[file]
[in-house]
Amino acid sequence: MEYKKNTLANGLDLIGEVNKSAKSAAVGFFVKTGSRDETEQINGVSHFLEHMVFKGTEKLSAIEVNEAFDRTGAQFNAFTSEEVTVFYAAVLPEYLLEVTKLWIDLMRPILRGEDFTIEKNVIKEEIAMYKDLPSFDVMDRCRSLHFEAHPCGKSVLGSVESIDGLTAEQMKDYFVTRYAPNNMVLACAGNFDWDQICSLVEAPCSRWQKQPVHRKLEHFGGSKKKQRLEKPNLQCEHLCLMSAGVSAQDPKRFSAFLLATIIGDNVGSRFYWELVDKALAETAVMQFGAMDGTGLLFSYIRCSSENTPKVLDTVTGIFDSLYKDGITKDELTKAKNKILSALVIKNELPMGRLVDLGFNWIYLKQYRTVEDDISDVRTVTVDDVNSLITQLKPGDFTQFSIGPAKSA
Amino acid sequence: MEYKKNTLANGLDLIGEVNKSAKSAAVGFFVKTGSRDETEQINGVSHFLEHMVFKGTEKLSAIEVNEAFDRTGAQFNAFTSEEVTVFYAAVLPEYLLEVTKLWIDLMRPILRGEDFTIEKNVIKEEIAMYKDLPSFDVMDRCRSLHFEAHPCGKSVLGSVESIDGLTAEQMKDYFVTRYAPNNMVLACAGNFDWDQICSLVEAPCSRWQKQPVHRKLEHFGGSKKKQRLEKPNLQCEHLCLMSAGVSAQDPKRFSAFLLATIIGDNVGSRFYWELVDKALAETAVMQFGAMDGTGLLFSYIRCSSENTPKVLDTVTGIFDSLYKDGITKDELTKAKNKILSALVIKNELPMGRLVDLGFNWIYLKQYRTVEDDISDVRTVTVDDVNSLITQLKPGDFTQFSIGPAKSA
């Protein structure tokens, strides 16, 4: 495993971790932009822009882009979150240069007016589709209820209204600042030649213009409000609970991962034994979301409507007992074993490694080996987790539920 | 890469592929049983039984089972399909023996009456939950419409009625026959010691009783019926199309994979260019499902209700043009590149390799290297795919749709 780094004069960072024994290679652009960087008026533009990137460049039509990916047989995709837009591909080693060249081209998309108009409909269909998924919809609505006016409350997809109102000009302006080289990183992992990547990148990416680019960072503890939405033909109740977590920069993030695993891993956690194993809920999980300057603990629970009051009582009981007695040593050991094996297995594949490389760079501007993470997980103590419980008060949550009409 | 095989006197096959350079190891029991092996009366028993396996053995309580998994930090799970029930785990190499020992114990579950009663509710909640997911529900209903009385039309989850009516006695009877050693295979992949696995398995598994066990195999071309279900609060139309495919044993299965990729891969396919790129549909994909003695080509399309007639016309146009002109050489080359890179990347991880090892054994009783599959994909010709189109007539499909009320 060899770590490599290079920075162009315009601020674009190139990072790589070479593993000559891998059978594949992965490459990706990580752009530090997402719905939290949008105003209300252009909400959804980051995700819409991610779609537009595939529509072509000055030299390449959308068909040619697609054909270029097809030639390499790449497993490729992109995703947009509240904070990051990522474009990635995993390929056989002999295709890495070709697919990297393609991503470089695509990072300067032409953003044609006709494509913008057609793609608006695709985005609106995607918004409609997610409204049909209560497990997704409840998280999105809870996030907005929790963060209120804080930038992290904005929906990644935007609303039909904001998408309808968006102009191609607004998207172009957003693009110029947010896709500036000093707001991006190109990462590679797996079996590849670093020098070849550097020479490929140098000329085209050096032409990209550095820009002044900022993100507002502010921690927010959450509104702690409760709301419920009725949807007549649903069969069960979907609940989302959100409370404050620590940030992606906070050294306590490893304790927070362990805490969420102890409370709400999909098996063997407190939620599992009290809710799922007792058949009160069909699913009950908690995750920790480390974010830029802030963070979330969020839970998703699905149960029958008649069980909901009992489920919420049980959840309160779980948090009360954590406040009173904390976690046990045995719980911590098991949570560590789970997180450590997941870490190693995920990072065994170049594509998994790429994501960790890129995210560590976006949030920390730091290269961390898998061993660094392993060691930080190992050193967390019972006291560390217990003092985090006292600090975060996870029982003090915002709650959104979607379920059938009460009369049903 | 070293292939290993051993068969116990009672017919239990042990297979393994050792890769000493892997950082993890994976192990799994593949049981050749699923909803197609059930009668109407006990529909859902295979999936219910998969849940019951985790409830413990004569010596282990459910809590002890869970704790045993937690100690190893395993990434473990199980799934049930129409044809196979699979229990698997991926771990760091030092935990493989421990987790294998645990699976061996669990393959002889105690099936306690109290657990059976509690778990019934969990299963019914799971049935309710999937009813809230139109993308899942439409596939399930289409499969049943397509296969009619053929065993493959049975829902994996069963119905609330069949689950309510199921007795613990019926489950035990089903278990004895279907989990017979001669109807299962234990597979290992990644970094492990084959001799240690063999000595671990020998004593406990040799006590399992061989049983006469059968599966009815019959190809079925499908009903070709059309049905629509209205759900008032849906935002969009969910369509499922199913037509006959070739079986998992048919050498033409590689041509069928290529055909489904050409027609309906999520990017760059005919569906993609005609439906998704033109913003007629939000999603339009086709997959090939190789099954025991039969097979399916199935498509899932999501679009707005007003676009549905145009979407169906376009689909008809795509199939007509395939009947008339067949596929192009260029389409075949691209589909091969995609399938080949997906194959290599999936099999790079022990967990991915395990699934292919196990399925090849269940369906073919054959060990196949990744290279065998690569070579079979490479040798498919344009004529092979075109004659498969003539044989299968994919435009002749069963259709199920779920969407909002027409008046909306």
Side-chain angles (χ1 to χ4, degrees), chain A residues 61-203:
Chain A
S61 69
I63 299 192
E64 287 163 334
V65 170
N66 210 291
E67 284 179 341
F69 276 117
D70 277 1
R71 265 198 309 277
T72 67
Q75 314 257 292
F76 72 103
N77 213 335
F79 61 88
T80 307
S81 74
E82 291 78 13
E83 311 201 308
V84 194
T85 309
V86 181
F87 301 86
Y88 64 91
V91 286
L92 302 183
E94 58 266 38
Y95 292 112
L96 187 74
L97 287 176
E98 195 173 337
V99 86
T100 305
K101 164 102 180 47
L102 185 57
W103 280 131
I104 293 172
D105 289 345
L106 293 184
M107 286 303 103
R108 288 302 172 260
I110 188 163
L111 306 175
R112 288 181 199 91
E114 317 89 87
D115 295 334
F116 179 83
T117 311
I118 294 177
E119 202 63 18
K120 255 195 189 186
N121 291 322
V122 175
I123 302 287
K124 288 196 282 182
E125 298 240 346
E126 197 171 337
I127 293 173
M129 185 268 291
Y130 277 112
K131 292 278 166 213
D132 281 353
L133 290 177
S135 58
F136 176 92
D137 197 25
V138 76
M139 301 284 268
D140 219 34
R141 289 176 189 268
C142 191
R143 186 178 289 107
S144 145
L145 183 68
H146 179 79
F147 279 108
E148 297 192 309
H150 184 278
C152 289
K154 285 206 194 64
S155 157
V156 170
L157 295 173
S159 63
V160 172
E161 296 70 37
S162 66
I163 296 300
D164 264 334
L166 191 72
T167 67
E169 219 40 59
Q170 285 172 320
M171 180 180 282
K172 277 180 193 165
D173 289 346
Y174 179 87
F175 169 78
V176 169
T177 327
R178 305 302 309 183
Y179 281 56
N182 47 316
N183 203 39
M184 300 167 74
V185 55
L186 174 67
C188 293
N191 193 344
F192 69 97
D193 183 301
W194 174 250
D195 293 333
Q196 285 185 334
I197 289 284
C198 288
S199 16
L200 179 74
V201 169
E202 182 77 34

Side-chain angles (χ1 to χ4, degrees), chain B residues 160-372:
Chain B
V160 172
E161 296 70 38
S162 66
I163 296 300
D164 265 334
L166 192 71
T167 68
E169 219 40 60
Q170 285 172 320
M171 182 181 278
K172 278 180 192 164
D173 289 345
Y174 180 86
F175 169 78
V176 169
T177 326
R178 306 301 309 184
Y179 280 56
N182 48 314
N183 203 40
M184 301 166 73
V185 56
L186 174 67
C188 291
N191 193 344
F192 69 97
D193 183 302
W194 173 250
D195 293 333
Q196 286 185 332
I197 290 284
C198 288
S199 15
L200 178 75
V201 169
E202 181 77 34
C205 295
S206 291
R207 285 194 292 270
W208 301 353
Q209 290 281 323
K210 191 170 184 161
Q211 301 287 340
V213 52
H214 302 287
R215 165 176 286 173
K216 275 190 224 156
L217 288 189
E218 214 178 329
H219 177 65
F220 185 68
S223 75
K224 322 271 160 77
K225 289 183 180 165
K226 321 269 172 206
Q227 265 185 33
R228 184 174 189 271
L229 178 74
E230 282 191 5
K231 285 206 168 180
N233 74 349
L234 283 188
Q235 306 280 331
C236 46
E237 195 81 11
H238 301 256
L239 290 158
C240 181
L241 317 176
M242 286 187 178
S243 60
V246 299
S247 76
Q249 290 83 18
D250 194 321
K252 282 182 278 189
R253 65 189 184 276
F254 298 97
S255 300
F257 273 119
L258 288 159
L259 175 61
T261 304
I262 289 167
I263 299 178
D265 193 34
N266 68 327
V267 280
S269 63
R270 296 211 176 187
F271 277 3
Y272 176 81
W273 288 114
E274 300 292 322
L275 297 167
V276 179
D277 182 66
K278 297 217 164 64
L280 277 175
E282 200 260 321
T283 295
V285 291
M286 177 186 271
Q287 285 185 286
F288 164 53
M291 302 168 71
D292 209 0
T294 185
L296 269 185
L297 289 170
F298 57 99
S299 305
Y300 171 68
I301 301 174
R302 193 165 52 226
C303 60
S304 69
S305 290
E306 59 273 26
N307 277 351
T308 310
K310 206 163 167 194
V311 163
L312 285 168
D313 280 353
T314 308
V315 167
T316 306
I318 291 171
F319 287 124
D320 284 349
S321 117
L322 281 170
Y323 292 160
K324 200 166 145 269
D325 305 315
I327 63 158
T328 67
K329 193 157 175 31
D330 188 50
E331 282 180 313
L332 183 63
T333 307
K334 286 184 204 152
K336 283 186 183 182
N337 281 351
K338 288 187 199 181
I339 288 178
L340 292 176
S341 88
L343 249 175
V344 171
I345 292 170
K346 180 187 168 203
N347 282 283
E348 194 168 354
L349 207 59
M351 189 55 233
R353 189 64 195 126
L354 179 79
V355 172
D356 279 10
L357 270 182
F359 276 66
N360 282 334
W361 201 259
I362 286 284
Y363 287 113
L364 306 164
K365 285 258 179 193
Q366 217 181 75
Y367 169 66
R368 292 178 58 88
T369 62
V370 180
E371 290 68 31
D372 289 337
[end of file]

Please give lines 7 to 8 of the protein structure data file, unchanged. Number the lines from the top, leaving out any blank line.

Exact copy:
S61 69
I63 299 192